Insights on the German Supply Chain Due Diligence Act


    The diversity, breadth and depth of legislation pertaining to environmental, social and governance (ESG) is growing and placing greater obligations on entities to report more comprehensively.  The German Federal Council has enacted a new piece of legislation to focus on child labor, slavery, safety in the workplace, employment and wage discrimination, and environmental harm. Effective on January 1, 2023, German companies with more than 3,000 employees will be required to prevent or at least minimize human rights and environmental rights infringements in their supply chains. 

    On June 11th and 25th of 2021, the German Federal Council passed the Supply Chain Due Diligence Act (SCDDA). SCDDA's objective is to safeguard human rights and the environment in the global economy which means companies will need to adapt and update their compliance, purchasing and contract drafting processes.

    SCDDA applies to companies that have their central administration, principal place of business, administrative headquarters, registered seat, or branch office in Germany and have 3,000 or more employees in Germany. Starting January 1, 2024, the number of employees will be reduced to 1,000. Employees that are posted abroad are included for domestic companies. Group companies are included in the calculation of the number of employees of the parent company, and temporary workers are only included in the calculation if the duration of the assignment exceeds six months.

    Risks Related to Human Rights

    A risk related to human rights is defined as a situation in which there is a sufficient degree of probability based on factual indications that a violation of one of the following prohibitions will occur:

    • Prohibition on employing a child of 15 years or younger.

    • Prohibition of the worst forms of child labour of children under 18 in accordance with the ILO Convention on Worst Forms of Child Labour, 1999 (No. 182).

    • Prohibition of forced labour.

    • Prohibition of all forms of slavery or similar practices of domination or oppression at work.

    • Prohibition on disregarding the local applicable rules on workplace safety and working conditions if this could lead to workplace accidents or work-related health risks.

    • Prohibition on disregarding freedom of association.

    • Prohibition of employment discrimination.

    • Prohibition of wage discrimination.

    • Prohibition on causing harmful changes to the soil, polluting water, polluting air, causing harmful noise emission, or over-consuming water, which severely impairs the natural resources necessary to preserve or produce food, denies access to drinking water, destroys or impedes access to hygiene facilities, or has harmful effects on human health.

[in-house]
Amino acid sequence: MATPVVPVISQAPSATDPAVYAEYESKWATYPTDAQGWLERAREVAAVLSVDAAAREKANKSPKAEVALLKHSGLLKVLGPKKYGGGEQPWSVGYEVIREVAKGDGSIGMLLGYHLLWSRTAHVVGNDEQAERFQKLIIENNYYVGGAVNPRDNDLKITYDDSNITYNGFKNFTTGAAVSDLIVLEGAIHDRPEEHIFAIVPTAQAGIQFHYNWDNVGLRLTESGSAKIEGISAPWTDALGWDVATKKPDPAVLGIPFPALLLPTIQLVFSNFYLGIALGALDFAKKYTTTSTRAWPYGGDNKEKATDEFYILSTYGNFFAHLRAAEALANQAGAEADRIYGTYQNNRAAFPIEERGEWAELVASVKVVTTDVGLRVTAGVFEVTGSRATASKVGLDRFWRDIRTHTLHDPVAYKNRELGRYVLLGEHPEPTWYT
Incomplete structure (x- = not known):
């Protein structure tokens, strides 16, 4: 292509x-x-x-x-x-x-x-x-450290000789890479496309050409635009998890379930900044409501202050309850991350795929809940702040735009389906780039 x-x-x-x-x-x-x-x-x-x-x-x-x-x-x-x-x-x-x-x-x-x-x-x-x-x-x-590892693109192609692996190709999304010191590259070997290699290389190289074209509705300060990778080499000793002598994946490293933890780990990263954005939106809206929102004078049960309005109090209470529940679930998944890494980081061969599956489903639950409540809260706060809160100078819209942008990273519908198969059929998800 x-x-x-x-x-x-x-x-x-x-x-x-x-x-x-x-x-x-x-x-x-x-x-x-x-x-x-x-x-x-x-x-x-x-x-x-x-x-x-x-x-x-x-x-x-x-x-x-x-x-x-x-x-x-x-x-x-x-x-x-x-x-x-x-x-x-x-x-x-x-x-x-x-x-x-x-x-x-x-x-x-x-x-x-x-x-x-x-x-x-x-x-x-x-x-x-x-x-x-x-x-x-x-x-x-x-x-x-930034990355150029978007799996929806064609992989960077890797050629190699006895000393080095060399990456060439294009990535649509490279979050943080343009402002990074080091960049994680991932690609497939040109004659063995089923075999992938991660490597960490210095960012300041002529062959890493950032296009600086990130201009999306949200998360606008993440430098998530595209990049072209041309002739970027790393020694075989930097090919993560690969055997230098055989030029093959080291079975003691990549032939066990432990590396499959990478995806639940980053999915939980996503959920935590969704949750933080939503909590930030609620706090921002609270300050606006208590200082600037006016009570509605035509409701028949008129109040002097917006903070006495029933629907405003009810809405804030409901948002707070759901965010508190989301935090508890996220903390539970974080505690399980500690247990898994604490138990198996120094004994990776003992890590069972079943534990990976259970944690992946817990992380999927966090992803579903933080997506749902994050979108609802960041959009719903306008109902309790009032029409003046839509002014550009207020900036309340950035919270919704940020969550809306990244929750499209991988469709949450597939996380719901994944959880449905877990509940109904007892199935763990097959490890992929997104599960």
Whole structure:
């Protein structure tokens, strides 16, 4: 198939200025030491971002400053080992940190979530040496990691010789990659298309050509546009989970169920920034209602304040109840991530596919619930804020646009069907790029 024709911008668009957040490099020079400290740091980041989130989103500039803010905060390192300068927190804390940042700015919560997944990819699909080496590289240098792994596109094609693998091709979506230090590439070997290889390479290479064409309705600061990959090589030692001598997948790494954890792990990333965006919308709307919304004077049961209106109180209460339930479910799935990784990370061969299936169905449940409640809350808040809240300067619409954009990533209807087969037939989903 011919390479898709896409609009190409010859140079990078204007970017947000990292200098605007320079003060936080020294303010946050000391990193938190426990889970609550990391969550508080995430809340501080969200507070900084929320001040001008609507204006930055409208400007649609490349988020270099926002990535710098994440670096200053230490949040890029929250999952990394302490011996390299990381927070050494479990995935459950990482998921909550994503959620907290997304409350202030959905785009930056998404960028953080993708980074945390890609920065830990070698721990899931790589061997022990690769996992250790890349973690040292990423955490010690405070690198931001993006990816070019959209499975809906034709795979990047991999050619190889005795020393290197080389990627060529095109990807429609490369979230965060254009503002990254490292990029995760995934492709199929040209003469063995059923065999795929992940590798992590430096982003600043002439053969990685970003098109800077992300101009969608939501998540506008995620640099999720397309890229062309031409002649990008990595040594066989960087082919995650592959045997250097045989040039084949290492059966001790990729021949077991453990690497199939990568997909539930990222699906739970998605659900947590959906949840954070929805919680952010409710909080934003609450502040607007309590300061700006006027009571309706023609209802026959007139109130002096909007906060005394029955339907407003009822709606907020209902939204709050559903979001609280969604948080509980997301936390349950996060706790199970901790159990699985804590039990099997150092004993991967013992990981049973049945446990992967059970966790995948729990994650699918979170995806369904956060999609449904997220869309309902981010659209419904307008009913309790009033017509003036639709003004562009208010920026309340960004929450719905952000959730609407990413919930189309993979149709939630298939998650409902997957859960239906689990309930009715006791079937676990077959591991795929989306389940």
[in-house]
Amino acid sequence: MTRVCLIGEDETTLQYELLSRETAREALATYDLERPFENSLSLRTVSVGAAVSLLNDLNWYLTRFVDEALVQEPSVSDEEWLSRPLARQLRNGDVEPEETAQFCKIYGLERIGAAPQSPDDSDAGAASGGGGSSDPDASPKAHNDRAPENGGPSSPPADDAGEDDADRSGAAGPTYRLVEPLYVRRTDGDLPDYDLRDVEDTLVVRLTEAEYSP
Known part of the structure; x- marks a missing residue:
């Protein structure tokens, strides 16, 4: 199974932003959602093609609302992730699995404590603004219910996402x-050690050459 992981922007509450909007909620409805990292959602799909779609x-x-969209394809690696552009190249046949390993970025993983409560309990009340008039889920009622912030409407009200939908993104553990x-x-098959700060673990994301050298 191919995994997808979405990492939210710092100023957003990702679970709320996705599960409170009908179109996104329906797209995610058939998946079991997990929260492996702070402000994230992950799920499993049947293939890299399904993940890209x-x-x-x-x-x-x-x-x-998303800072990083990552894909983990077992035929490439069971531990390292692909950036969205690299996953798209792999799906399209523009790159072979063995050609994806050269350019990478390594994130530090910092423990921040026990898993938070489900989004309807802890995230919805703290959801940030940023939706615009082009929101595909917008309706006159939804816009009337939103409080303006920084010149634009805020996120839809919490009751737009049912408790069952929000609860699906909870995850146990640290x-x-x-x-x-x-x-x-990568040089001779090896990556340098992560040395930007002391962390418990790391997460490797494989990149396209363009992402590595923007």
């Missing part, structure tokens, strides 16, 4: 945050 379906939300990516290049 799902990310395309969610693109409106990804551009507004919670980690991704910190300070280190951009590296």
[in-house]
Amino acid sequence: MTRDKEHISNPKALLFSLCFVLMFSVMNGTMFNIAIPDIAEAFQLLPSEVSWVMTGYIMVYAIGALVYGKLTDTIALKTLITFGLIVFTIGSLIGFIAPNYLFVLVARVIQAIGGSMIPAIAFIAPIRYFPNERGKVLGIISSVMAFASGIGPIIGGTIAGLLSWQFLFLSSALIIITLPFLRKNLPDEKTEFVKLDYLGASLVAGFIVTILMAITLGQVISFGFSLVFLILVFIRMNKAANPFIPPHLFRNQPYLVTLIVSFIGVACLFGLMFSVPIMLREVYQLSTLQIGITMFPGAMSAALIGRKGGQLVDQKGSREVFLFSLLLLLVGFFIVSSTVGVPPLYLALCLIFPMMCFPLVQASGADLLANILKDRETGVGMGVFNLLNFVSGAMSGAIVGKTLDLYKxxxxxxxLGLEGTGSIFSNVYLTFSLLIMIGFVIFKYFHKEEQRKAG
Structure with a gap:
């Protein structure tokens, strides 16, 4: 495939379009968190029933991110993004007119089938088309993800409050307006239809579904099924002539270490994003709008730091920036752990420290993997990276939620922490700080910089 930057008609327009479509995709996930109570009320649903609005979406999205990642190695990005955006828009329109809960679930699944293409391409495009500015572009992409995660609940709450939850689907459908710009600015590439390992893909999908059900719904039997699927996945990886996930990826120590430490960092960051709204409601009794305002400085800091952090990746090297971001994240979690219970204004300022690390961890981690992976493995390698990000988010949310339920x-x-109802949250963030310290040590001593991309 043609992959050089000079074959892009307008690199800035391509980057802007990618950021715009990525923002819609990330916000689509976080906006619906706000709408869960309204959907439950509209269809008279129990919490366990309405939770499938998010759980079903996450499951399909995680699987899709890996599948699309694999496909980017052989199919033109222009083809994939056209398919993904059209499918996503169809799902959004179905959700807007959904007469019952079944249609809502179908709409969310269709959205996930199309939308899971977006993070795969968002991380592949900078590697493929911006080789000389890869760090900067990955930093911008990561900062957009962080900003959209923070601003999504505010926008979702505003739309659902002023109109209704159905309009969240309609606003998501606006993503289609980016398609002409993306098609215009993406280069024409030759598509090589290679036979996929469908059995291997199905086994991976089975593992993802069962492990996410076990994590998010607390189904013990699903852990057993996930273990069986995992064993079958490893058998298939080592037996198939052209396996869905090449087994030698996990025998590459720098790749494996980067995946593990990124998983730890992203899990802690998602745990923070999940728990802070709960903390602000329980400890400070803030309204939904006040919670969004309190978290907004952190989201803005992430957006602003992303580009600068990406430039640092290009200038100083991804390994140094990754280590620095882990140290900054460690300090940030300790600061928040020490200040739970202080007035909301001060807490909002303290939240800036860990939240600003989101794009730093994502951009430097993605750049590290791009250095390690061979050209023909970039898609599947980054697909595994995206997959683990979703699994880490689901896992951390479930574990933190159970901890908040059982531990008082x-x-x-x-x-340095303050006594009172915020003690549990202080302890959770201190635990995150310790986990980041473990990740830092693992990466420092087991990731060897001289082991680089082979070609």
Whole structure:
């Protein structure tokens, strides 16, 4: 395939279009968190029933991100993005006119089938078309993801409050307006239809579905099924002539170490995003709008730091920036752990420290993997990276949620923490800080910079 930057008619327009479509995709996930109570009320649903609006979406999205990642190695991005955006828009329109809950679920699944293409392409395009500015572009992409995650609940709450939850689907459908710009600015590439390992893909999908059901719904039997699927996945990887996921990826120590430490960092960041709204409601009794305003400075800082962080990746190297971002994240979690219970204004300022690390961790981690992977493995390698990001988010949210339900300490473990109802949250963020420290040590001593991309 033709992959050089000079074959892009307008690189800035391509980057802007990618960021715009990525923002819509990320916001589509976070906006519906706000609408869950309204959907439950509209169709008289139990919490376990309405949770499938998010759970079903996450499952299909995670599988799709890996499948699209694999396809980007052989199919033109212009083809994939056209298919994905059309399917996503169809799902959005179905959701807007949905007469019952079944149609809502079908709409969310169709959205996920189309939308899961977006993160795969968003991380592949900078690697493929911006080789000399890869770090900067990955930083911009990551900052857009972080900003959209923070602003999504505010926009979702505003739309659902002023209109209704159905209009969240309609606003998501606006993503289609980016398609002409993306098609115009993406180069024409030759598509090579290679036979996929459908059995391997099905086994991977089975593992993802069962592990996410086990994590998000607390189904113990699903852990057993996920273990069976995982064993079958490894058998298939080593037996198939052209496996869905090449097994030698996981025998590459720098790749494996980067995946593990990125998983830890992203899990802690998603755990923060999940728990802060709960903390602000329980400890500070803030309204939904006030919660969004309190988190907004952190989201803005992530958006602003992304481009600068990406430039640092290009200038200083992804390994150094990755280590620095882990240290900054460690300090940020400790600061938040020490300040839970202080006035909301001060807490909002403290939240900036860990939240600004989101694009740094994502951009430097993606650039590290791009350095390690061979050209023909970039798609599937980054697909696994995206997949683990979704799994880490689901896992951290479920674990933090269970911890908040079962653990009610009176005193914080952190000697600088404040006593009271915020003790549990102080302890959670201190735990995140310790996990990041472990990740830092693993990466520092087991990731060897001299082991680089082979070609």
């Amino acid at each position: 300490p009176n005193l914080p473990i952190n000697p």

• Prohibition on those who acquire, develop, or otherwise use land, forest, or water from unlawfully evicting persons from or depriving them of the use of such land, forest, or water when those persons are dependent on the land, forest, or water for their livelihood.

    • Prohibition on commissioning or using private or public security forces to protect a business project if, due to a lack of control, the security forces will infringe the prohibition on torture, harm life or limb, or interfere with freedom of association and the right to collective bargaining.

    • Prohibition of an action or inaction that is directly capable of infringing a protected legal interest in a particularly serious manner and whose illegality is obvious, taking into account all circumstances.

    Risks Related to the Environment

    A risk related to the environment is defined as a situation in which there is a sufficient degree of probability based on factual indications that a violation of one of the following prohibitions will occur:

    • Ban on the manufacture of mercury-added products in accordance with article 4, paragraph 1 of the Minamata Convention.

    • Ban on the use of mercury or mercury compounds in manufacturing processes in accordance with article 5, paragraph 2 of the Minamata Convention after the phaseout date.

    • Ban on the handling of mercury waste contrary to the requirements of article 11, paragraph 3 of the Minamata Convention.

    • Ban on the production and use of chemicals according to article 3, paragraph 1, letter a of the Stockholm Convention on Persistent Organic Pollutions (POPs Convention).

    • Ban on the non-environmentally sound handling, collection, storage, and disposal of chemical waste contrary to the requirements of article 6, paragraph 1, letter d of the POPs Convention.

    • Ban on the export of hazardous wastes and other wastes according to article 1, paragraphs 1 and 2 of the Basel Convention to a state party that prohibits the import of such wastes, to an importing state that does not consent in writing to the specific import, to a non-state party, or to an importing state where the wastes will not be managed in an environmentally sound manner.